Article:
How is Tourette's syndrome (TS) diagnosed?
There are currently no X-rays or lab tests that can be performed to confirm a TS diagnosis. The clinical diagnosis of TS is based on a combination of factors, including:
- Careful and detailed medical and family history.
- Complete physical and neurological exam (the results of these exams are usually normal but may sometimes be needed to rule out other illnesses).
- Onset of involuntary movements (tics) between the ages of 3 and 21.
- Presence of recurrent, multiple motor and vocal tics, but not necessarily occurring at the same time.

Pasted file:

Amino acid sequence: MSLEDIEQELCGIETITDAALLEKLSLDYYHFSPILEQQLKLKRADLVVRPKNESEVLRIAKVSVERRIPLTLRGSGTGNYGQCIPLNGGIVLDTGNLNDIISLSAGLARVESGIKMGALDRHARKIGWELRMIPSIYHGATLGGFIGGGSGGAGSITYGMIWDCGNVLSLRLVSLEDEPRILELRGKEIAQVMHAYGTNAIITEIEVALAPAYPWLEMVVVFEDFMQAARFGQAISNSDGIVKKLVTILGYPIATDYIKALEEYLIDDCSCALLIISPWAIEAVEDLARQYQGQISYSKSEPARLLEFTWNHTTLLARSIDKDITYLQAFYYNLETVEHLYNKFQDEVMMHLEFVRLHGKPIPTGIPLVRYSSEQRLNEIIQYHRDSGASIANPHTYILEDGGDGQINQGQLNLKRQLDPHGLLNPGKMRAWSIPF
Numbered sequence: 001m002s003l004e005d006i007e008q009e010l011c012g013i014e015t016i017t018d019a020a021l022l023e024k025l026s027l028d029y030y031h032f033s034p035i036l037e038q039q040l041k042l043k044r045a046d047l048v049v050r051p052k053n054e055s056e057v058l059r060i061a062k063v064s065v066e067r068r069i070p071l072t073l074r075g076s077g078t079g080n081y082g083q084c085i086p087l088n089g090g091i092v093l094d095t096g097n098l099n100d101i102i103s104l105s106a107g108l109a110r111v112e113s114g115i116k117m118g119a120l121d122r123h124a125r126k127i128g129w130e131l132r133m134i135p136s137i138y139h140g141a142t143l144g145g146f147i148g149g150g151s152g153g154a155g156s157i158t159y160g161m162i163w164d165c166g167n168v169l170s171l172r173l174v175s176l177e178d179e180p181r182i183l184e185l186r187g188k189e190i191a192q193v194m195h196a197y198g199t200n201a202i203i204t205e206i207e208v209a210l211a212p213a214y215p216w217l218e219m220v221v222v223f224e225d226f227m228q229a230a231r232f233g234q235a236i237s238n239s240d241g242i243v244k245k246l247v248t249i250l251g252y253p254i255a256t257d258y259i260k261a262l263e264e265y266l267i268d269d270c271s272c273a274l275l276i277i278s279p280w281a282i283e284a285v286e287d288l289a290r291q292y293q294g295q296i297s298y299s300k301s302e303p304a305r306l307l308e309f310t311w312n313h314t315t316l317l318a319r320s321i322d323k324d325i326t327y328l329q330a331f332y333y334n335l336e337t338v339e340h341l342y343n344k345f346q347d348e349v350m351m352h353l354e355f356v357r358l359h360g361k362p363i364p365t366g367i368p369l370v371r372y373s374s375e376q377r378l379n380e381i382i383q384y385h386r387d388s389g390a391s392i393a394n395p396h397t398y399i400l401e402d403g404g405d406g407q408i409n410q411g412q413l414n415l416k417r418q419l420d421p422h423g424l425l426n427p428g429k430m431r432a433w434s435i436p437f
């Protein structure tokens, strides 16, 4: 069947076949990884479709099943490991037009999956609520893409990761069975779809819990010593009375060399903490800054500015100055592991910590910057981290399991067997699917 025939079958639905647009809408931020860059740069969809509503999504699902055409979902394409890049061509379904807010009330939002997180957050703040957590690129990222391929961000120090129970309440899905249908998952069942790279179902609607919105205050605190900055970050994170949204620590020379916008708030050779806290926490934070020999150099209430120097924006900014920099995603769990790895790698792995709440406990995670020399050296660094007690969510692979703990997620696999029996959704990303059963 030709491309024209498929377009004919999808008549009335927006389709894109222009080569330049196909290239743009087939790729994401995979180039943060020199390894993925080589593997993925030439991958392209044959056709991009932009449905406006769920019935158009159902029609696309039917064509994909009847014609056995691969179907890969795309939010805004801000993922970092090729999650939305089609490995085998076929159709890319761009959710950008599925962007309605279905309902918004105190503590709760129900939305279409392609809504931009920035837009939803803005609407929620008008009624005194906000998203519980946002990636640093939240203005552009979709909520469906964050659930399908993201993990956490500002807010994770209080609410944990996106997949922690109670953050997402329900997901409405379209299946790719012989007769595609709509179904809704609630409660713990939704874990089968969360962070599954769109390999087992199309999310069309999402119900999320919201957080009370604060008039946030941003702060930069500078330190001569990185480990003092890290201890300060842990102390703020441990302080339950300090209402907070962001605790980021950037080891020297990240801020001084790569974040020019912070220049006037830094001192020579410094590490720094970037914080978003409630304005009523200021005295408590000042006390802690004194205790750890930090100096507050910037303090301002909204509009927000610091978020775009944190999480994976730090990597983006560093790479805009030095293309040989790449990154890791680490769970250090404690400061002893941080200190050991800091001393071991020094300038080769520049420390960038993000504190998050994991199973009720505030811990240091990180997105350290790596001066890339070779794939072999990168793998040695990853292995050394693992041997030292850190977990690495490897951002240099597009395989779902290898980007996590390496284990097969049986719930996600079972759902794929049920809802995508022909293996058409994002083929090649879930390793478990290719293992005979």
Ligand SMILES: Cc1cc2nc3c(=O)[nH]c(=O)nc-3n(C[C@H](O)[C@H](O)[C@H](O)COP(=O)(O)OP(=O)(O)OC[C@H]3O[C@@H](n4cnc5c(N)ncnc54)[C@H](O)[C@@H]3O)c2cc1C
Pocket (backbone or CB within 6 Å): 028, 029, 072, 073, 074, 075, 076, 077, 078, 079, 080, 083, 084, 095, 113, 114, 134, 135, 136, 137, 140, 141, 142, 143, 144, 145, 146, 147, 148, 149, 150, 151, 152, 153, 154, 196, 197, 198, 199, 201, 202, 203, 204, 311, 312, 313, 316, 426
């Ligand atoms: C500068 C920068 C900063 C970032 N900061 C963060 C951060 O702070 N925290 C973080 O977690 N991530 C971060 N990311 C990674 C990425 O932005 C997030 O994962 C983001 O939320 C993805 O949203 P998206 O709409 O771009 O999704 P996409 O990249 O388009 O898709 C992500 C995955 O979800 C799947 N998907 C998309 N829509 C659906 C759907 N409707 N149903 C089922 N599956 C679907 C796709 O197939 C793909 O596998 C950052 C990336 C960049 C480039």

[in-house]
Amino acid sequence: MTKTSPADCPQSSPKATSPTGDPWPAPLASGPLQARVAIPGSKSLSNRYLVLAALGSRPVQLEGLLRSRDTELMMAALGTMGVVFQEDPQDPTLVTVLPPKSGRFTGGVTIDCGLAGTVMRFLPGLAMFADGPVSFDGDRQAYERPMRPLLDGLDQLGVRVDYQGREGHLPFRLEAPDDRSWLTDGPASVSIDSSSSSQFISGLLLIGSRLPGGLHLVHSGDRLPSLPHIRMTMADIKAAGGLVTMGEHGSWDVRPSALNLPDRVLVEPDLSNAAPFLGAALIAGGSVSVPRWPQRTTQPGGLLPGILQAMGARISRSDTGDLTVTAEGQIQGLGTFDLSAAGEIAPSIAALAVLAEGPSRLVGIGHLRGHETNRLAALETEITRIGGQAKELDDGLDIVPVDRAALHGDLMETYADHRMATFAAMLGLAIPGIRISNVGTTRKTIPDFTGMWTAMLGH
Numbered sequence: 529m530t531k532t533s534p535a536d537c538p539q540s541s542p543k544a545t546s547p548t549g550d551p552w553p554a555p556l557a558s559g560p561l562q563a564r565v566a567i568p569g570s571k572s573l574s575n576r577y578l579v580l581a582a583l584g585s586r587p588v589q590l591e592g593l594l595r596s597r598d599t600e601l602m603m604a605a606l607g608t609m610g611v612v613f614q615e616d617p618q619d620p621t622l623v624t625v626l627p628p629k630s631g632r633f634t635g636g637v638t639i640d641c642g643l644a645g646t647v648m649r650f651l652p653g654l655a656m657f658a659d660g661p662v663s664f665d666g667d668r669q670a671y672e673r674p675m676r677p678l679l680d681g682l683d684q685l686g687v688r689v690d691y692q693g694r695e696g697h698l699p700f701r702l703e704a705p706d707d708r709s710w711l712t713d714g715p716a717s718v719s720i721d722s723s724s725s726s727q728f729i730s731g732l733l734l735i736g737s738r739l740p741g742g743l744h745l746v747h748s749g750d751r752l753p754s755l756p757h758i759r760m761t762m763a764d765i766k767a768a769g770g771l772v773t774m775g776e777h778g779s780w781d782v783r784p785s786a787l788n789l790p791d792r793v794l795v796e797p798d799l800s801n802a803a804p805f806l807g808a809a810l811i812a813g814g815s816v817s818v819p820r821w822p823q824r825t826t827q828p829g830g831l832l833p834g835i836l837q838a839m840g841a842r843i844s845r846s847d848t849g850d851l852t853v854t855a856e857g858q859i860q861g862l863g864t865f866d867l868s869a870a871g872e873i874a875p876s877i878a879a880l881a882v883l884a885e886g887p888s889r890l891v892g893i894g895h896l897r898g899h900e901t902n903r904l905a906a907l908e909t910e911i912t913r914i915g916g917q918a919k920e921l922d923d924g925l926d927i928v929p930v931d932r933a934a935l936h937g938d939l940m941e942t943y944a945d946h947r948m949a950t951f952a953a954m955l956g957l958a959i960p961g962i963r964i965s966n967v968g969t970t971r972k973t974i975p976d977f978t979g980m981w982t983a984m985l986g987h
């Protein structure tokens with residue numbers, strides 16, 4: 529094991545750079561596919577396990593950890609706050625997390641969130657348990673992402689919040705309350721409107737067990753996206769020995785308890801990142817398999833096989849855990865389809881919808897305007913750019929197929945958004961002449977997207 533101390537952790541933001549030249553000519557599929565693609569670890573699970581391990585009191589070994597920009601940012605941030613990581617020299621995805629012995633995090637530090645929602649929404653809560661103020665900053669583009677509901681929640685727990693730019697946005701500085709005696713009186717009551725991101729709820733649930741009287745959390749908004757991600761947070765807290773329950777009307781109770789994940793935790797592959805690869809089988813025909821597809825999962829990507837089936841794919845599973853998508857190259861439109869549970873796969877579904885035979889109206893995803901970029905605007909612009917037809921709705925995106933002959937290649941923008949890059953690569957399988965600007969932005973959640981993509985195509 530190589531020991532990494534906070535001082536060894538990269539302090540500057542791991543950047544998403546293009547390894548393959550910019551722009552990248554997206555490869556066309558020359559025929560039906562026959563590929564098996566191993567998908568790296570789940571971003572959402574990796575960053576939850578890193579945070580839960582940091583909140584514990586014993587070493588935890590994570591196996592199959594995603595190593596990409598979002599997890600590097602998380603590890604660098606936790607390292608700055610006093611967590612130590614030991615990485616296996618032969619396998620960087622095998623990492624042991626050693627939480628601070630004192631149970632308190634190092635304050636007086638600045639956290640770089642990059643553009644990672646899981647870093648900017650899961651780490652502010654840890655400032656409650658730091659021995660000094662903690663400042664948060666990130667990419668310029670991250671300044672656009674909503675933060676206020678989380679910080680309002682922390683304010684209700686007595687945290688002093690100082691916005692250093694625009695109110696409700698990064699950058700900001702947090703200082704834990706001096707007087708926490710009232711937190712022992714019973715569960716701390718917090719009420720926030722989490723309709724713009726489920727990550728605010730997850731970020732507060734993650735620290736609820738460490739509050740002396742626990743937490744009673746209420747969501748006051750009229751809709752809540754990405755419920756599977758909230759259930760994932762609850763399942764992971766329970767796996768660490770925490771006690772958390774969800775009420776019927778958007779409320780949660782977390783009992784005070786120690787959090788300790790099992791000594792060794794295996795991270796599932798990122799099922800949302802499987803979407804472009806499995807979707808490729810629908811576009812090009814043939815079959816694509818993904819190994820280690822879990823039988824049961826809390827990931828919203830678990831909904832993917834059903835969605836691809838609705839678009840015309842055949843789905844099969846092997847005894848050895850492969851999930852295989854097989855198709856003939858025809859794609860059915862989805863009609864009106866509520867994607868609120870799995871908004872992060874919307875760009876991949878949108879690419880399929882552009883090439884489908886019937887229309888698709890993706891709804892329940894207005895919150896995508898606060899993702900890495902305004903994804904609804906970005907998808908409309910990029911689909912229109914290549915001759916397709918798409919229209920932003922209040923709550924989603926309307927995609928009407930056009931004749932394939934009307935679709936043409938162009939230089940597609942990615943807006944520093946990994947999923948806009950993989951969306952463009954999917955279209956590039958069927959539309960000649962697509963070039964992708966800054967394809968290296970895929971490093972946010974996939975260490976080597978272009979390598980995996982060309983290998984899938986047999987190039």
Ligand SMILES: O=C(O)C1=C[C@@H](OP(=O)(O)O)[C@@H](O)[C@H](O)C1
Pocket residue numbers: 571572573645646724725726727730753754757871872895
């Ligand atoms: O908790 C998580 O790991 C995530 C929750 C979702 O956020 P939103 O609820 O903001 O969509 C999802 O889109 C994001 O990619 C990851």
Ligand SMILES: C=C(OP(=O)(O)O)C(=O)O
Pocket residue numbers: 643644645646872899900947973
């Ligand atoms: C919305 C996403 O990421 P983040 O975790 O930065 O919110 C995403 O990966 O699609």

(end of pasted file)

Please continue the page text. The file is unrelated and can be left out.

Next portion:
- Tics that occur many times a day, nearly every day or on and off throughout the duration of a year or longer.
- Changing severity of tics and change in the number, frequency, type and location of tics.
- Duration of symptoms for more than one year.
Differentiating tics from other types of uncontrollable movements (such as myoclonus, chorea, athetosis, and dystonia) can be done by history and by observation of the involuntary movements.
An accurate diagnosis is sometimes difficult in patients who have a relatively recent onset of tics or in those who do not have all of the symptoms of TS as listed previously.
Electroencephalogram (EEG), magnetic resonance imaging (MRI) and computed tomography (CAT scan or X-ray of the brain) tests are not needed to confirm a TS diagnosis but may be performed to rule out other neurological conditions.
Medical researchers are looking for biological "markers" which may be useful in diagnosing patients even before clinical signs are present.